Illustration: michaelmucci.com

It’s the season for gongs, those cheesy “best and worst of the year that was” wrap-ups. Worse even than gongs, a rash of the dreary “what the year ahead holds” stories is upon us.

Never fear, let us save you the effort. Here is what the pundits will say: challenges lie ahead, we are cautiously optimistic, we forecast equities to rise by 10 per cent in 2012. Bank it.

Top down, bottom up, name your methodology, they’ll get there. Year in, year out, any big-city economist, strategist, or anything “ist”, will tell you: “up 10 per cent, difficult environment, cautiously optimistic”.

You can bet on that, but unless you are too big to fail, you can’t bet on the market without risk.

Take Jon Corzine. Corzine has just found out he is not quite big enough to elude failure. His broking firm MF Global took a hairy-chested $US6.3 billion punt on European bonds – a bet more than five times the book value of the firm – and blew up. Worse, MF had gambled $US1.2 billion of its clients’ funds, funds that were supposed to be in segregated accounts, sacrosanct.

And so it was that markets were perturbed again this week, and not just by the usual boondoggling in Europe. Yes, there was the spectre of deflation anew, which hurt asset prices. Speculators even took the long-handle to gold. But there was also Jon Corzine and the latest bogey-word – “re-hypothecation” – which shook the confidence of the trading cognoscenti.

Hypothecation is when borrower pledges capital. Re-hypothecation happens when a broker or a bank redeploys assets pledged as collateral by customers for its own borrowing. The risk is that somebody else controls those assets in the event of default.

So markets were spooked. Why didn’t you tell me about this loophole in international brokerage borrowing rules? Are my funds safe? How about my counterparty’s counterparties? What if I have been re-re-hypothecated? If they can pledge the money in my account to somebody else in cross-border mega-punt … get me out!

Corzine, a former chairman of Goldman Sachs and Democrat Senator, was ducking and weaving last night as Republicans went for his jugular for staying at the Ritz Carlton in Washington despite the vanishing of his clients’ funds.

It was just another show trial on Capitol Hill. For all the corruption and the trillions of dollars lost in the past four years there is yet to be a “perp-walk”.

Same deal here. Babcock, Allco, MFS, ABC, Rubicon. Nary a bad word or a slap on the wrist.

At least they handcuff them from the front when they perp-walk them stateside. But there has been none of that. And MF Global looks unlikely to be the first. Corzine is, after all, a big Democrat donor. Besides, it only got its dealer’s licence from the Federal Reserve earlier this year, one of 22 licences to deal Treasury bonds. And apparently, gearing up client money on the sly and punting it is legal.

Under the Fed’s Regulation T and SEC Rule 15c3-3, a prime broker may re-hypothecate assets to the value of 140 per cent of the client’s liability to the prime broker.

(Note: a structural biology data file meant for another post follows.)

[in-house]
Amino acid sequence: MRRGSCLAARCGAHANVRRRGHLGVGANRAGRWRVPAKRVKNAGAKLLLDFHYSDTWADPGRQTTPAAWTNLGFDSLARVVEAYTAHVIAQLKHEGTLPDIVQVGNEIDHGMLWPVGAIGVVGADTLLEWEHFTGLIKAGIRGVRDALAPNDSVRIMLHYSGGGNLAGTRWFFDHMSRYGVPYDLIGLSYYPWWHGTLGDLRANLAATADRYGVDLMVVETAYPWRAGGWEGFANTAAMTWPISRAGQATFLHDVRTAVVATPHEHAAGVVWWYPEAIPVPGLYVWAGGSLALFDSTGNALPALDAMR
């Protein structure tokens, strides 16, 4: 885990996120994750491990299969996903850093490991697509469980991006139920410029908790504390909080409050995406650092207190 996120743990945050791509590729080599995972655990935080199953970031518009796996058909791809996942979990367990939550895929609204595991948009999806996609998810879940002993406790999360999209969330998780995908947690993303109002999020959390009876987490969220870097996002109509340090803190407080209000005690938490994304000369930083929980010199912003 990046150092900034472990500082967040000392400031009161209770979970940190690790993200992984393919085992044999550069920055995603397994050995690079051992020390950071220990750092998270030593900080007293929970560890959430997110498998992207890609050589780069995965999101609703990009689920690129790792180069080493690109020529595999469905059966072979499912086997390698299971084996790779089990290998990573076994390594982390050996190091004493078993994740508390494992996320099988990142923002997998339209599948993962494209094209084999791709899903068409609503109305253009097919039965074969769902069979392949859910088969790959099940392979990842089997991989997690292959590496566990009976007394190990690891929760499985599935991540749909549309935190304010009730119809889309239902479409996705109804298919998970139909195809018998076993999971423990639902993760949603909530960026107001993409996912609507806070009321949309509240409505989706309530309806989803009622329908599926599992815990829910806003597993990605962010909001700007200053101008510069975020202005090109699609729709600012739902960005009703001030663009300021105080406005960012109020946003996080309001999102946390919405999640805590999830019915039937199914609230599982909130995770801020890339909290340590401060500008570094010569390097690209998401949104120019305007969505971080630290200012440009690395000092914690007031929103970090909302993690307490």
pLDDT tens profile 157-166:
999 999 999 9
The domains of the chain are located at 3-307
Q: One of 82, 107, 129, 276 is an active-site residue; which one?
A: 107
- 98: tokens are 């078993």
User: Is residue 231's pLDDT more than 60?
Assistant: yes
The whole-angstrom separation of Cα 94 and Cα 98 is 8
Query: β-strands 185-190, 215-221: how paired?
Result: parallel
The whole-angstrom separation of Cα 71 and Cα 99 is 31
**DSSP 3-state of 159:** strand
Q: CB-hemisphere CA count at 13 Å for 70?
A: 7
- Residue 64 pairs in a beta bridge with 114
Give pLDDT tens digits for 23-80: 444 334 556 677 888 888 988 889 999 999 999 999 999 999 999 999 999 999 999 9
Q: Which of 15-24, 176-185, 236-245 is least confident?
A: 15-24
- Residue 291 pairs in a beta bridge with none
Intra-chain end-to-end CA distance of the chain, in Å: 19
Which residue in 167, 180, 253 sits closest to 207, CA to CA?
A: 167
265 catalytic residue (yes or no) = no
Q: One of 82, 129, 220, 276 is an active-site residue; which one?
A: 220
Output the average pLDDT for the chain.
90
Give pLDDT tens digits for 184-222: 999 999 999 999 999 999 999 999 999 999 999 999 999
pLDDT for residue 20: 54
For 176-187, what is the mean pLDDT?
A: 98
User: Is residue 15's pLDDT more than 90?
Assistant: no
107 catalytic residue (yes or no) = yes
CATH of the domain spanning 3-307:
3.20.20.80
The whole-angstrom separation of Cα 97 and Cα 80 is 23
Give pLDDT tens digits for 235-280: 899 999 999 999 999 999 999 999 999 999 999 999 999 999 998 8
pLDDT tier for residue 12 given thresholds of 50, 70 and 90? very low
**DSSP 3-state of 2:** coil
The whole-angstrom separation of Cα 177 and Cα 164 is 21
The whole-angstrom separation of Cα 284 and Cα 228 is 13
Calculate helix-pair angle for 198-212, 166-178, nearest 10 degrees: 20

In Britain, there is no statutory limit on how much you can

re-hypothecate. All one needs is an office in London and a brass plaque.

According to Thompson Reuters, thanks to this “asymmetry of rules”, by 2007 re-hypothecation had “grown so large that it accounted for half of the activity of the shadow banking system”.

So when you hear that old chestnut from your broker – “there’s a lot of cash sitting on the sidelines” – just be mindful of the daisy-chain of financiers who might stake a claim to that “cash”.

The International Monetary Fund reckons collateral has been “re-hypothecated to a factor of four”.

Nor are Australia’s banks quarantined from this staggering leverage. Hyper-hypothecation highlights how little grip regulators have on the complexities of world finance. Be sure that when it comes to our banks, exposure to re-hypothecations will loom large among the host of toxic gremlins lurking off balance sheet. That’s the problem, it’s all off-balance sheet.

All we know for sure is that, whatever it is, we as taxpayers own it thanks to “too big to fail”.

Not to worry, the world will muddle through. The next couple of months may be interesting though. Christmas is traditionally the time for a rally. It happens most years.

This year though, it may be tricky, what with band-aid solutions to the gaping wounds of Europe, marauding hedge funds and possibly the European Central Bank in holiday mode.

Just a thought, but sovereign bonds are vulnerable to attack. Holiday markets are illiquid. No doubt Jon Corzine’s old firm, Goldman Sachs can do its bit.

It’s latest corporate strategy is to “seed” a bevy of hedge funds with capital. Financed and schooled in the Goldman way – probably heavily re-hypothecated – these evil little mini-me Goldmans are being unleashed on the world, ready to hypothecate all over the place.

For its part, Goldman had hypothecated $US18 billion in capital as of September 2011. It was modest by Wall Street standards, as JP Morgan sold or re-pledged $US410 billion of collateral received under margin loans, derivative transactions, securities borrowed and reverse repurchase agreements.